curl is often used during development of an application to issue requests against an API. The ways how curl can manage a list of trusted CAs are manifold and depend on a lot of parameters, for example compile-time configuration. Covering all possible options would go beyond the scope of this tutorial.

Nevertheless, there is a way to set a CA to trusted, independent of any permanent CA bundle and store configuration, using the CURL_CA_BUNDLE environment variable. By setting this variable to the path of the CA file, curl will trust the CA described in that file. Example:

export CURL_CA_BUNDLE=/path/to/ca.crt

The personal certificate has to be applied with every request. Here is an example curl command:

curl \
  --cert path/to/client.crt \
  --key path/to/client.key \
  https://api.mycluster.k8s.gigantic.io/api/v1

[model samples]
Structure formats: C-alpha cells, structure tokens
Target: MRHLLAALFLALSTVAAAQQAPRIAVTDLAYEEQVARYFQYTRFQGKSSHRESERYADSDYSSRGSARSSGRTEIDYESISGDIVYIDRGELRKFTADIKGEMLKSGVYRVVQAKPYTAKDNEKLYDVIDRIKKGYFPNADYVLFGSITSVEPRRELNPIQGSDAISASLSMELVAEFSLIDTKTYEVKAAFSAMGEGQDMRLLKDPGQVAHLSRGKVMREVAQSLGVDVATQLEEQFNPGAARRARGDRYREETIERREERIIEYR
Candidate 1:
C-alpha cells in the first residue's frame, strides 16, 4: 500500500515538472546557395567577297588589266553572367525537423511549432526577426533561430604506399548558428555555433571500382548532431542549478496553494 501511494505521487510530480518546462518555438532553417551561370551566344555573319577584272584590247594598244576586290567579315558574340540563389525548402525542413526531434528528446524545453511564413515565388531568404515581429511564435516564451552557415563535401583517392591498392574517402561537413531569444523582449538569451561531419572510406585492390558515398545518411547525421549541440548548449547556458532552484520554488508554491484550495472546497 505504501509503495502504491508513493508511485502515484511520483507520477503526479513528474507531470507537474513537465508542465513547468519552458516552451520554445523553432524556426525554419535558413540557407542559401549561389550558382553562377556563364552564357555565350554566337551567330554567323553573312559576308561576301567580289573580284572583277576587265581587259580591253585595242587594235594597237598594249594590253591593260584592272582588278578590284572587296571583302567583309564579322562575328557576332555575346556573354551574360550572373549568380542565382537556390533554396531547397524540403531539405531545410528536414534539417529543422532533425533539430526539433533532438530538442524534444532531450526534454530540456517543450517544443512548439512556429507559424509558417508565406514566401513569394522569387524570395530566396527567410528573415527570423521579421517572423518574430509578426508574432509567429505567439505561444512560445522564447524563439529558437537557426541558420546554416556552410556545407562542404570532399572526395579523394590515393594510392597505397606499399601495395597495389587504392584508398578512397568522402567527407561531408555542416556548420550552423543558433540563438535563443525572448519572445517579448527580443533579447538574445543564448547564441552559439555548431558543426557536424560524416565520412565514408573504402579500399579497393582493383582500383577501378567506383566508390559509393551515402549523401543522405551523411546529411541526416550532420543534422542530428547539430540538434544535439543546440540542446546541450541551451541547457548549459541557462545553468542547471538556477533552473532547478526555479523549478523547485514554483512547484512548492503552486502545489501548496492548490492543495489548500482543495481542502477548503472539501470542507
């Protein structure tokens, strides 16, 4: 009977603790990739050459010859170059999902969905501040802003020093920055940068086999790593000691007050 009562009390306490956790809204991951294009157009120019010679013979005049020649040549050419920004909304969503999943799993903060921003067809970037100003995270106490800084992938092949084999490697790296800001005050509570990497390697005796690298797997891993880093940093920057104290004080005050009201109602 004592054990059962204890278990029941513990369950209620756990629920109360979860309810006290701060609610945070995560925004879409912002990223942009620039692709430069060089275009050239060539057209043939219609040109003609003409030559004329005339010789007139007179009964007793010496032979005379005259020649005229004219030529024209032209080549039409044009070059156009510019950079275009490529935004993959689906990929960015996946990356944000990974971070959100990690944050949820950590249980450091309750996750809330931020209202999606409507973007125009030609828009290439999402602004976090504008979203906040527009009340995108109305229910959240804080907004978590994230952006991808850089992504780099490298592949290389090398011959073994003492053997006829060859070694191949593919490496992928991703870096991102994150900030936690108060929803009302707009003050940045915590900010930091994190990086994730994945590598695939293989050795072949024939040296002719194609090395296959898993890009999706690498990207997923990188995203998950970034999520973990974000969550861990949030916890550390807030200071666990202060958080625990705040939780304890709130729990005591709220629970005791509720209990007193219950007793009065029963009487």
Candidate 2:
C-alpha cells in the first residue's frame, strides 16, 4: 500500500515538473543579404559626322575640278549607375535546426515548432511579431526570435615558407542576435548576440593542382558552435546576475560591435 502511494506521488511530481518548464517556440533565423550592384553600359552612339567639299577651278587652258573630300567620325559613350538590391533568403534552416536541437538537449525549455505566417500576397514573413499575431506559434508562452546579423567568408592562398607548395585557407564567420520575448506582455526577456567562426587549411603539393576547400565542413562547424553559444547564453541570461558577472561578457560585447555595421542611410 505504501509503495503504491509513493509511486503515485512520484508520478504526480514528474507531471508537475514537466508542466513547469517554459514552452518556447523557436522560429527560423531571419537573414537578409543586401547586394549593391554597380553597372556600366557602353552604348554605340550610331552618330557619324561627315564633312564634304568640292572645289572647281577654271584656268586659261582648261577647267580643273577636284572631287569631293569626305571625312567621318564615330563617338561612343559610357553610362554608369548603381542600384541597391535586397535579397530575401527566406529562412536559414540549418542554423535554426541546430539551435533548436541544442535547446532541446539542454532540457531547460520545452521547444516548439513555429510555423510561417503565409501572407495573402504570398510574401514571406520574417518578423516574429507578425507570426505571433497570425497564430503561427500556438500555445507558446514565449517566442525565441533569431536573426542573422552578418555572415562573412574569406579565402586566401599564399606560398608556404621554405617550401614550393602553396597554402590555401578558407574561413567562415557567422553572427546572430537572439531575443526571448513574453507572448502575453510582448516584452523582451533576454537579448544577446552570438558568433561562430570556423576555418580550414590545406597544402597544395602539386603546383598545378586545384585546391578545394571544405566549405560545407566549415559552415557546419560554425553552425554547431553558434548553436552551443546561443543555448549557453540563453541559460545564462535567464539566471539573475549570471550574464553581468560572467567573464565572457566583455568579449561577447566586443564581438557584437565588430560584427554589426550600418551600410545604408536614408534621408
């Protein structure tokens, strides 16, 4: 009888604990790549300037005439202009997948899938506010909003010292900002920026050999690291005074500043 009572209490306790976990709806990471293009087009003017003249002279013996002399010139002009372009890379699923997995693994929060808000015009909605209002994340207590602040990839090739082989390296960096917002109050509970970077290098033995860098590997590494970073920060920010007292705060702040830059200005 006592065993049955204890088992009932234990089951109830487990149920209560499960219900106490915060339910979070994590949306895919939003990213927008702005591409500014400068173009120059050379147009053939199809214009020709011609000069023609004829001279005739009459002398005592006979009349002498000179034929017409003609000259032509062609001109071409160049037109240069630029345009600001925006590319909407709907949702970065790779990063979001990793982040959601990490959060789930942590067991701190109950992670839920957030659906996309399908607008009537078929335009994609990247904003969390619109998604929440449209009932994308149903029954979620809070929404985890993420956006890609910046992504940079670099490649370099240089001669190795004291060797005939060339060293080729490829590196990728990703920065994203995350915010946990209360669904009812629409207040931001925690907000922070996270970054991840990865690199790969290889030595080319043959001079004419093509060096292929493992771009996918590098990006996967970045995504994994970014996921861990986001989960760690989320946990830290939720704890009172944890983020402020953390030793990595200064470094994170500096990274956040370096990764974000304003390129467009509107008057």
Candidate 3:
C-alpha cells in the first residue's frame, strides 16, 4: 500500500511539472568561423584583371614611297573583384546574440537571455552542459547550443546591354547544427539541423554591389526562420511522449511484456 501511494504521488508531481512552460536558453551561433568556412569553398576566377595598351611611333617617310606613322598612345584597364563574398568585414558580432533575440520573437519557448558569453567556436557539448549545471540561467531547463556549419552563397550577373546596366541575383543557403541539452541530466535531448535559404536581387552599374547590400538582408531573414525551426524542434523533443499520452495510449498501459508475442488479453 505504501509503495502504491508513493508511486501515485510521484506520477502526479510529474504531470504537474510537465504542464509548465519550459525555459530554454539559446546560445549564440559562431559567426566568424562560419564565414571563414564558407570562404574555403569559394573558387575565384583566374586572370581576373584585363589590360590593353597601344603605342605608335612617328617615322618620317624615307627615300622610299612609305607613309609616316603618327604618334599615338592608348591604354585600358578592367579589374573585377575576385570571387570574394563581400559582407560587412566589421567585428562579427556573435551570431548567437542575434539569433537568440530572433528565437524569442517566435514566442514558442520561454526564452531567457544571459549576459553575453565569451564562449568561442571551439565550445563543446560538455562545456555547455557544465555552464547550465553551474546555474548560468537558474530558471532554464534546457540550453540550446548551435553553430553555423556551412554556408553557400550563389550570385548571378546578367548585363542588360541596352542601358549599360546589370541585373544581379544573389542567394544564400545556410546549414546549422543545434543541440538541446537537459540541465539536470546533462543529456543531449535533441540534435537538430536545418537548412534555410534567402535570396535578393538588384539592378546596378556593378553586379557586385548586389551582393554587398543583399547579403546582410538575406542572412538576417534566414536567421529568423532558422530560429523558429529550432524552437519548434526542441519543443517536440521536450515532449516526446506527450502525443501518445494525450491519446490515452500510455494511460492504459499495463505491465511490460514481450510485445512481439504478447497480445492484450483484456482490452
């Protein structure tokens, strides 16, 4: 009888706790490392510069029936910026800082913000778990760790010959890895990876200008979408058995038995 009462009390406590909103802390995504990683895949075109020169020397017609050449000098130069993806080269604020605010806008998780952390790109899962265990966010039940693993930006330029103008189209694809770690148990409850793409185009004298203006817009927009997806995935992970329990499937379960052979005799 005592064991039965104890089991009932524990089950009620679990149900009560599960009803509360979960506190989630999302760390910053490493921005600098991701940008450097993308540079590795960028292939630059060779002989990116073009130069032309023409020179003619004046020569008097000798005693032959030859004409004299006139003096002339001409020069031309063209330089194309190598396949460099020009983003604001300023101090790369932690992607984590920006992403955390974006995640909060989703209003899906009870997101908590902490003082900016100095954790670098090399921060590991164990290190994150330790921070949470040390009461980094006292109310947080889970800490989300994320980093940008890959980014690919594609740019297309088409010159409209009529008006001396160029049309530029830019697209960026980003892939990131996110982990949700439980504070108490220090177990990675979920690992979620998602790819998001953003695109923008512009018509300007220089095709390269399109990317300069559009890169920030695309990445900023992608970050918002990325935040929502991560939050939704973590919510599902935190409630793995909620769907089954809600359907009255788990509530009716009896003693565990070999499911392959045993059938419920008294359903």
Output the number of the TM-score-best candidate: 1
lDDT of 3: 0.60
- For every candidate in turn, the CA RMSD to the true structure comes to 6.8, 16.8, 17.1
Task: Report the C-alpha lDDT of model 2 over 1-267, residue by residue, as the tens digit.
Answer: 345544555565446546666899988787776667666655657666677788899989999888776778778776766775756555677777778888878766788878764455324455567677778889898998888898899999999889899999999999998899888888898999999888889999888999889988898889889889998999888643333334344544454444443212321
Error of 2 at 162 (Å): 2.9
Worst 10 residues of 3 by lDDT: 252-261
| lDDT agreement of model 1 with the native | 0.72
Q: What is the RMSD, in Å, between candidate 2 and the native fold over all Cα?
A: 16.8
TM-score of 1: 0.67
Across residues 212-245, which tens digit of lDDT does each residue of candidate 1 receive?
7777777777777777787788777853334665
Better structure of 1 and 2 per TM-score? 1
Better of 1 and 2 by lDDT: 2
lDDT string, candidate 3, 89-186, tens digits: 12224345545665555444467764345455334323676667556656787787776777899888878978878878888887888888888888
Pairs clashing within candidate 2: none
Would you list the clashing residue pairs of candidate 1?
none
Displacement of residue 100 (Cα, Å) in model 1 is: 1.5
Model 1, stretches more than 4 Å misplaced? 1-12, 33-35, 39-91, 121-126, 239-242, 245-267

Importing CA and Certificate

Operating systems and HTTP clients have a variety of ways to manage CAs and certificates. Even on one platform there are often several ways to achieve the same thing. We focus here on the more popular combinations of operating system and client, and we opt for ways using command line utilities, as we think this will mostly suit the target audience of this tutorial.

Shortcut by client

Mac OS

Mac OS Keychain

On Mac OS, browsers like Safari and Chrome rely on the system keychain for CA information and certificates. Firefox is an exception and treated in a separate section.